Deceptive orbital confinement at edges and pores of carbon-based 1D and 2D nanoarchitectures

Ignacio Piquero-Zulaica, Eduardo Corral-Rascón, Xabier Diaz de Cerio, Alexander Riss, Biao Yang, Aran Garcia-Lekue, Mohammad A. Kher-Elden, Zakaria M. Abd El-Fattah, Shunpei Nobusue, Takahiro Kojima, Knud Seufert, Hiroshi Sakaguchi, Willi Auwärter, Johannes V. Barth

Research output: Contribution to journalArticlepeer-review


The electronic structure defines the properties of graphene-based nanomaterials. Scanning tunneling microscopy/spectroscopy (STM/STS) experiments on graphene nanoribbons (GNRs), nanographenes, and nanoporous graphene (NPG) often determine an apparent electronic orbital confinement into the edges and nanopores, leading to dubious interpretations such as image potential states or super-atom molecular orbitals. We show that these measurements are subject to a wave function decay into the vacuum that masks the undisturbed electronic orbital shape. We use Au(111)-supported semiconducting gulf-type GNRs and NPGs as model systems fostering frontier orbitals that appear confined along the edges and nanopores in STS measurements. DFT calculations confirm that these states originate from valence and conduction bands. The deceptive electronic orbital confinement observed is caused by a loss of Fourier components, corresponding to states of high momentum. This effect can be generalized to other 1D and 2D carbon-based nanoarchitectures and is important for their use in catalysis and sensing applications.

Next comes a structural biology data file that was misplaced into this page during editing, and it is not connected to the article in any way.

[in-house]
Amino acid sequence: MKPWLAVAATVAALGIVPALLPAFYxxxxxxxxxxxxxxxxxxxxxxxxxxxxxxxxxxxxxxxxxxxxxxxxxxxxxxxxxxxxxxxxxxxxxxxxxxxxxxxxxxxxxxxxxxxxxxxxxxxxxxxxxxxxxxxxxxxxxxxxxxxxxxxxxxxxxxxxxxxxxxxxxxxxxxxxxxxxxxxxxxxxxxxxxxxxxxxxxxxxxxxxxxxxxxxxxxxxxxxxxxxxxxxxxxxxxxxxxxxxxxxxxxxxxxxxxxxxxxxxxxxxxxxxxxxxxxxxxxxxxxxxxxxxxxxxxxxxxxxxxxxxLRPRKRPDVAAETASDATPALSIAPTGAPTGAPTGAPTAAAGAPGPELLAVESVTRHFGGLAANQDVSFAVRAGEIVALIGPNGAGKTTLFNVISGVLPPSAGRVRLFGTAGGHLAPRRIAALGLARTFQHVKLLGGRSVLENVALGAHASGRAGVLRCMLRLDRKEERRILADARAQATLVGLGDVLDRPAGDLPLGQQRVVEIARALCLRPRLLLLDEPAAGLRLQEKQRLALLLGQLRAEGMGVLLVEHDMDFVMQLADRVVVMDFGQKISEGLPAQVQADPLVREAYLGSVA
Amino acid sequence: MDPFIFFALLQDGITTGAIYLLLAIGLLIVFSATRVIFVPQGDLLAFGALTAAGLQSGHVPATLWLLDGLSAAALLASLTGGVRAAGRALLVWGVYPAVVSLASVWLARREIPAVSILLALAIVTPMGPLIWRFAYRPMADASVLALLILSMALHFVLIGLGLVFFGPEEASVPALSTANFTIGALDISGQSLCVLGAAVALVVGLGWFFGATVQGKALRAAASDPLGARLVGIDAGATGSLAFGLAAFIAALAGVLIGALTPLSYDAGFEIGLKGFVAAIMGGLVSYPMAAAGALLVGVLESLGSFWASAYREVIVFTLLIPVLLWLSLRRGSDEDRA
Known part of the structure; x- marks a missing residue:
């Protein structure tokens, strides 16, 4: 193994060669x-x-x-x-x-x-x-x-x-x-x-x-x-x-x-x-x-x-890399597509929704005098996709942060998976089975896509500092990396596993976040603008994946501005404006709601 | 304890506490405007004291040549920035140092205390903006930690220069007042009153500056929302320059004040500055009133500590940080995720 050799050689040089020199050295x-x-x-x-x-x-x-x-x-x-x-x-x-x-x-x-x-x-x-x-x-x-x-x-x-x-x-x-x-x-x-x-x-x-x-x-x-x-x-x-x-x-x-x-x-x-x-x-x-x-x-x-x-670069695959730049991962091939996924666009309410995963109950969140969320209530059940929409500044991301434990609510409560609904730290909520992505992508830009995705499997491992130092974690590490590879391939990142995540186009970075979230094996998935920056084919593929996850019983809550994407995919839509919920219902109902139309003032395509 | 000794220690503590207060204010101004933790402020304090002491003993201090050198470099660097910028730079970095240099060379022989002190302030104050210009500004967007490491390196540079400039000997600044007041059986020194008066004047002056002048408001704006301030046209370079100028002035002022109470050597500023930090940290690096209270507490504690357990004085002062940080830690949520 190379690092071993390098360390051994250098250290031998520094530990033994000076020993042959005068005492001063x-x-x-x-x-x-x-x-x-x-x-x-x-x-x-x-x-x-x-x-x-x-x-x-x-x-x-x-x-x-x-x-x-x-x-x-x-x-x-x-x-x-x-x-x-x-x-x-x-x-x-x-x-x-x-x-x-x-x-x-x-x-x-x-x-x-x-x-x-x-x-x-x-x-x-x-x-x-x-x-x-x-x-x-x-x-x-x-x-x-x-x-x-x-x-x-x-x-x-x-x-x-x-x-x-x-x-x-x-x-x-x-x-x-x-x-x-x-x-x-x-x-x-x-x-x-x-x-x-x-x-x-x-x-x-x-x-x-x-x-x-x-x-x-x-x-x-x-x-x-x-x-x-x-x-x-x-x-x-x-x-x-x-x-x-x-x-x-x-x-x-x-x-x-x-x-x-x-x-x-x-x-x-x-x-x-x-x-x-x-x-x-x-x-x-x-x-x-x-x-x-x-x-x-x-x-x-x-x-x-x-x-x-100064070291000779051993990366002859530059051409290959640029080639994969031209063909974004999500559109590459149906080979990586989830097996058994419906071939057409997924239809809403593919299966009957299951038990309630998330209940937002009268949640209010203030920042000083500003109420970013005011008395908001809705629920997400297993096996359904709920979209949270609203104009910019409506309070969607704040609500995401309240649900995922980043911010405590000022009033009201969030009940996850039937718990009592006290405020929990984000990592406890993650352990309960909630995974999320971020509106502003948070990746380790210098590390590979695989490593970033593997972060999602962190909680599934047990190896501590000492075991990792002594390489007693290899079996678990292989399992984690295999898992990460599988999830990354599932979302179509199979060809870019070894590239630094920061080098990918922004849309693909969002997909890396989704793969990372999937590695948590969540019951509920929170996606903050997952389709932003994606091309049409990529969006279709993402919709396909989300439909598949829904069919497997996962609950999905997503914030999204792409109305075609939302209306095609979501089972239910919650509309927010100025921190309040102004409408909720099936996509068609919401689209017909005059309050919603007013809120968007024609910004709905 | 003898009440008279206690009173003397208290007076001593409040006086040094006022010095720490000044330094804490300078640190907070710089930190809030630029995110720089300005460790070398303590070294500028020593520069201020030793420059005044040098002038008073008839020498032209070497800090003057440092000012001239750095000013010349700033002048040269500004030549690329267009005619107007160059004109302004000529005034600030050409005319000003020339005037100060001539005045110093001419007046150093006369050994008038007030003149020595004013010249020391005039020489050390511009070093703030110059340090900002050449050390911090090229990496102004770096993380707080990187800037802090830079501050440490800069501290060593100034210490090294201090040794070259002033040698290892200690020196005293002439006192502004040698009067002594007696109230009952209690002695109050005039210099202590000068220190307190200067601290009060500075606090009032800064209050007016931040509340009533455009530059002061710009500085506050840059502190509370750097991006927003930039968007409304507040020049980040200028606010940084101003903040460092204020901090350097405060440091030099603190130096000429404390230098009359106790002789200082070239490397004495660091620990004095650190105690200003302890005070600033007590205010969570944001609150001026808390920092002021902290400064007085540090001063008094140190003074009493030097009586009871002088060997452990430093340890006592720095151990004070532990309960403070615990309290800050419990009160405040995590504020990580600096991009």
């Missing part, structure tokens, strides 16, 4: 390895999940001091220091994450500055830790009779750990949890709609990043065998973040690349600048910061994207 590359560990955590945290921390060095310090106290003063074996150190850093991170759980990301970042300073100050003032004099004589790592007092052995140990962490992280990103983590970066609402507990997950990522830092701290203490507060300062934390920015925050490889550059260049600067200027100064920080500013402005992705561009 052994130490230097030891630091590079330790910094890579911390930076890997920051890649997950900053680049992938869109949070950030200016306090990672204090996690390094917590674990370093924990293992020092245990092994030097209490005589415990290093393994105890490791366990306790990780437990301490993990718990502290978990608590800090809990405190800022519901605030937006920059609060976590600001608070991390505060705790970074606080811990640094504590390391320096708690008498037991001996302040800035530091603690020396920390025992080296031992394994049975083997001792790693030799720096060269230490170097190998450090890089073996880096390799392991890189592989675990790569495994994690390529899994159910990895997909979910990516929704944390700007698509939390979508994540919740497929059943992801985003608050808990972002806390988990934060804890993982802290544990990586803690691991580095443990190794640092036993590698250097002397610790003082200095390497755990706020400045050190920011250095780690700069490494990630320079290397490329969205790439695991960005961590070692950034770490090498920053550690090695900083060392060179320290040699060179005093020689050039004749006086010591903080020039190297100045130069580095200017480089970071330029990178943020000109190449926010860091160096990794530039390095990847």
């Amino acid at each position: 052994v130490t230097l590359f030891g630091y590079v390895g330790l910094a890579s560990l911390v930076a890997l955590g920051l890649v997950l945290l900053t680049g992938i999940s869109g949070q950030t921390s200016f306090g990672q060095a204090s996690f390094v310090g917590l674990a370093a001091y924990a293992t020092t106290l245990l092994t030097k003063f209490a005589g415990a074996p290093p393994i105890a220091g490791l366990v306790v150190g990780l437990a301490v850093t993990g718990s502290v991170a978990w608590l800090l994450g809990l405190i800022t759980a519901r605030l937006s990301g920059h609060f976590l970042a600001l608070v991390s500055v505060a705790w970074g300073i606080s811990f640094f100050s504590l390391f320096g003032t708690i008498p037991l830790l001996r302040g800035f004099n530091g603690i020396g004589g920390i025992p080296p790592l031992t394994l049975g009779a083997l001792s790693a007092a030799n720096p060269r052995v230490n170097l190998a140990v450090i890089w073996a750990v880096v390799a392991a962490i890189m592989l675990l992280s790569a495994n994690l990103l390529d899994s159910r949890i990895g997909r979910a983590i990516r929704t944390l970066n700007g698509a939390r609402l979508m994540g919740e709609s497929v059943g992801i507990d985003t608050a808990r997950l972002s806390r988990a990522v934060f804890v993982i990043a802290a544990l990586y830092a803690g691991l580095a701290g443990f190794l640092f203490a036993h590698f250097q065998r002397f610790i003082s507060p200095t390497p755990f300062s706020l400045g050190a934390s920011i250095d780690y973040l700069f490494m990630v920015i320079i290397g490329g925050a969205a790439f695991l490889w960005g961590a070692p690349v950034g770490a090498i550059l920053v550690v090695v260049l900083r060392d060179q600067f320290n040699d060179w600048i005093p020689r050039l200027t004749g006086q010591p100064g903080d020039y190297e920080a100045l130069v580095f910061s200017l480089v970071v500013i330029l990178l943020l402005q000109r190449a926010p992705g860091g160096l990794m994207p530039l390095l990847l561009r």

Original languageEnglish
Article number1062
JournalNature Communications
Issue number1
StatePublished - Dec 2024


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